The phenomenon of high or elevated bilirubin is called in the medical and scientific field hyperbilirubinemia.
The bilirubin is a yellowish pigment originating from the degradation of hemoglobin present in the red blood cells, this occurs in the spleen. Then, this substance will pass to the liver to be conjugated and later it will be stored in the gallbladder where it will form part of the bile, which is excreted by this organ towards the duodenum (first portion of the small intestine) where it has to contribute with the adequate digestion of food, mainly of ingested fats.
Knowing this, Hyperbilirubinemia can be defined as the increase in bilirubin levels in the blood, normally we get 0.3 to 1 mg of bilirubin for each deciliter of blood but when the levels of this rise above normal the individual will begin to show signs of jaundice, since this pigment easily adheres to tissues, which is why it is common for the patient to turn yellow, especially their mucous membranes since they have a greater amount of elastic tissue.
The increase in bilirubin may be at the expense of direct or conjugated bilirubin which is that which has already been processed by the liver and is ready to be sent to the gallbladder to continue its functions or at the expense of indirect or unconjugated, which represents the bilirubin that is bound to the albumin molecule in the blood and has not yet undergone the proper degradation process to become part of the bile.
Causes of elevated bilirubin
To learn a little more about the subject, we will organize the causes into those that cause elevation of direct bilirubin and those that cause elevation of indirect:
Direct or Conjugated Hyperbilirubinemia
It usually originates in people with liver or biliary pathologies that prevent the conjugation of bilirubin or its adequate excretion.
· Acute hepatitis: this pathology can be caused by the hepatitis A virus or by other causes, what happens in this is that there is damage to the hepatocytes (functional unit of the liver) so that bilirubin cannot be transported from properly, thus passing into the bloodstream.
· Obstruction of the bile ducts: there are different reasons why the duct that carries bilirubin to the gallbladder could be obstructed, some of these may be cysts, swollen glands in the hepatic hilum, gallstones, inflammation of the bile ducts, tumors, parasites, among others.
· Liver cirrhosis: it is fibrosis or scar formation in liver tissue, which prevent the natural functions of the liver from being carried out.
· Dubin-Johnson syndrome: it is a genetic or inherited disease, where both parents must possess the gene and donate it to their child's genetic load for it to manifest (Autosomal recessive). What occurs in this pathology is that there will be an elevation of bilirubin without evidence of alterations in liver or liver enzymes and without signs of hyperbilirubinemia at the expense of unconjugated bilirubin. In addition to this, the liver turns a dark color due to the accumulation of pigments.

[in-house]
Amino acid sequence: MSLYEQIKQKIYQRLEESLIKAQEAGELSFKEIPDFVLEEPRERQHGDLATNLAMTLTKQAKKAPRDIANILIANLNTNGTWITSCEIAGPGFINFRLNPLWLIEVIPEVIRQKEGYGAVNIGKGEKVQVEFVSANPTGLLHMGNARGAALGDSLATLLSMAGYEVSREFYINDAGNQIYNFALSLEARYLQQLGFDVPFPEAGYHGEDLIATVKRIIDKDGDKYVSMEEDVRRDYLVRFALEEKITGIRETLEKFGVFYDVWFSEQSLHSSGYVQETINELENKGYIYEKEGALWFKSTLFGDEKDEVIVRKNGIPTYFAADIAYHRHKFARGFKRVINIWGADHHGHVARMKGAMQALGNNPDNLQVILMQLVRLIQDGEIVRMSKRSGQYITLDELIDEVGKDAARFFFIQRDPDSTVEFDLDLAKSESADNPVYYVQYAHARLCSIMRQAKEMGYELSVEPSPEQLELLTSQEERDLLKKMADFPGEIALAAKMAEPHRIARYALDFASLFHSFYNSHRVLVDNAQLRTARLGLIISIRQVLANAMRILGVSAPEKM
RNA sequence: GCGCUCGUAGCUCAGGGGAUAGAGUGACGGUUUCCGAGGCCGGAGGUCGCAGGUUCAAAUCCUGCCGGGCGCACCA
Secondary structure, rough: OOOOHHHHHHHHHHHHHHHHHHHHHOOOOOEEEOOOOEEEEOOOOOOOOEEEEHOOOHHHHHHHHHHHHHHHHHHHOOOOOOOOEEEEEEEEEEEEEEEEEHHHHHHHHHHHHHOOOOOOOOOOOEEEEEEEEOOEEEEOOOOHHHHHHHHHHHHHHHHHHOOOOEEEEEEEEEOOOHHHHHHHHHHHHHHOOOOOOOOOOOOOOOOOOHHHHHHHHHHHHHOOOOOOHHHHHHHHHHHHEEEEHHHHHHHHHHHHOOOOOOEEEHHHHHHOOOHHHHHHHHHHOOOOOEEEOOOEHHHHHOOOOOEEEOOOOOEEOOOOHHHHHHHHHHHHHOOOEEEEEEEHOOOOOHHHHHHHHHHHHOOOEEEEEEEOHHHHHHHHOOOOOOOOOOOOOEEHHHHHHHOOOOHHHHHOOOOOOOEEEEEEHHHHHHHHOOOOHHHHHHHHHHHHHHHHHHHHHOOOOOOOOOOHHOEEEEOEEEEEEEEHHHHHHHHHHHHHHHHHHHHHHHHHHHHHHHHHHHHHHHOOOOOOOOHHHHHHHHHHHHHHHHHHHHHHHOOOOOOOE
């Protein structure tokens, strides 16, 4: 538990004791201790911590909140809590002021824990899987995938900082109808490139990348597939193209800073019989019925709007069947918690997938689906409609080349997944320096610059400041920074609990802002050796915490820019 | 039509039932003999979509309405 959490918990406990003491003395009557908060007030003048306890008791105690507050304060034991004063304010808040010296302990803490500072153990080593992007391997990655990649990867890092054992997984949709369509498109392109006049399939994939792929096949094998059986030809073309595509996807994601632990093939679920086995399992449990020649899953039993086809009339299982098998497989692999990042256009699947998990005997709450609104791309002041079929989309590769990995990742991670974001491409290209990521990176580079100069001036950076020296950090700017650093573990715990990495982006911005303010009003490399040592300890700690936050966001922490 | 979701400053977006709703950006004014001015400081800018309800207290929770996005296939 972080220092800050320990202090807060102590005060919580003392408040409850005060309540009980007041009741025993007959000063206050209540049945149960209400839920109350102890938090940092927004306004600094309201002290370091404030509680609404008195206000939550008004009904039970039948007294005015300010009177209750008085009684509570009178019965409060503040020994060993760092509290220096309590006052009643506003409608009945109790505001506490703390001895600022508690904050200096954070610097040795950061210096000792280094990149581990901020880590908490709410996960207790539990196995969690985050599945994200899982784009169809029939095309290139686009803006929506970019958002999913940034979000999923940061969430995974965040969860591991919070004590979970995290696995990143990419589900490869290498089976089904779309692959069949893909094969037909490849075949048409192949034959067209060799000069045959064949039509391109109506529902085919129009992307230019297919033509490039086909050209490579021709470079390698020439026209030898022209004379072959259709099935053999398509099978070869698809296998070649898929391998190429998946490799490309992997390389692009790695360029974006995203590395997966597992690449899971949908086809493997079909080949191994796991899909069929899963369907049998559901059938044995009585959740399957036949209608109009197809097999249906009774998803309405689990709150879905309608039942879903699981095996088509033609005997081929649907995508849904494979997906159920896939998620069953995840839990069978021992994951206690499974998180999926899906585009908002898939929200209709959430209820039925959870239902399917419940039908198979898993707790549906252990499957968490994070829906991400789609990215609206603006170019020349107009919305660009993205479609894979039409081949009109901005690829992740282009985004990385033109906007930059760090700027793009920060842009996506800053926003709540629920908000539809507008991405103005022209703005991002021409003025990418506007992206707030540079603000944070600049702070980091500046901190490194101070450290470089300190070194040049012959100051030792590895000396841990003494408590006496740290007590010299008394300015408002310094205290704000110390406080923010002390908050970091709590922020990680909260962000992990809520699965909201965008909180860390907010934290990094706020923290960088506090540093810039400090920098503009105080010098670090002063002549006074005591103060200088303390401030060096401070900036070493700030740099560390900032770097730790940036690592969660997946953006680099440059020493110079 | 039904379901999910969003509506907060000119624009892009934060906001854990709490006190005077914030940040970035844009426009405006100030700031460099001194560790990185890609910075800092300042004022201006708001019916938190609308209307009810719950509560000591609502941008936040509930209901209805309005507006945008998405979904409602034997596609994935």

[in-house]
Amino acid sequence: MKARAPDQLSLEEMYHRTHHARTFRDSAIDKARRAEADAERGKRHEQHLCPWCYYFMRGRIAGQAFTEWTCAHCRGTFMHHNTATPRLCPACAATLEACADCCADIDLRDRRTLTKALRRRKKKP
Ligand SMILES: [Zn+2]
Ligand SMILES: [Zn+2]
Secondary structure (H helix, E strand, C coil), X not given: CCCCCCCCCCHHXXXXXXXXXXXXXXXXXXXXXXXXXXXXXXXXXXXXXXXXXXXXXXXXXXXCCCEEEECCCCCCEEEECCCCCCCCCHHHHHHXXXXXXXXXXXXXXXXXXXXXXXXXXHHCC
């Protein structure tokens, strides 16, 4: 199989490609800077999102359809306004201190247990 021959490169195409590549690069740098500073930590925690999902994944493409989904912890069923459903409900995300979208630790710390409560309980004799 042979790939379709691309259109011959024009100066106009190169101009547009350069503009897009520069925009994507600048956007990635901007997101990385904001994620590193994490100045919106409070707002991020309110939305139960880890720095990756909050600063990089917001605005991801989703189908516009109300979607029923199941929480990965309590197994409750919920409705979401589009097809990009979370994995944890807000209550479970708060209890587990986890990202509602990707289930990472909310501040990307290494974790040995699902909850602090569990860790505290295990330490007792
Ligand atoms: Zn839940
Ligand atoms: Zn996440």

· Rotor syndrome: like the previous one, it is a hereditary disease that both parents must suffer from and exactly the same thing happens, except that this organ does not turn a darker color.
Indirect or unconjugated hyperbilirubinemia
· Hemolytic anemia: destruction of erythrocytes or red blood cells that causes the release of bilirubin into the bloodstream before it is metabolized.
· Bruising resorption
· Red blood cell production or ineffective erythropoiesis
· Transfusions: It is usually seen in people who have received large amounts of blood through transfusion.
· Gilbert's syndrome: due to a genetic mutation, this disease is harmless in which the liver does not process bilirubin properly.
· Crigler-Najjar syndrome: this is another hereditary disease, in which there is a deficiency of the enzyme glucuronyltransferase, which is involved in the metabolism of bilirubin. This causes an increase in the levels of this pigment in the blood without being in the presence of hemolysis.
The main symptom in increased bilirubin is jaundice, which refers to the yellowing of the skin and mucous membranes.
It is also common for the patient to refer dark, brownish urine, this is called coluria and is due to the passage of pigment into the urine.
Depending on the cause, gray or white stools may appear, because there is no passage of bilirubin to the digestive tract and therefore it does not reach the stool. Some patients even complain of generalized itching.
“keto” is a term for a low-carb diet (like the Atkins diet). The idea is for you to get more calories from protein and fat and less from carbohydrates. You cut back most on the carbs that are easy to digest, like sugar, soda, pastries, and white bread.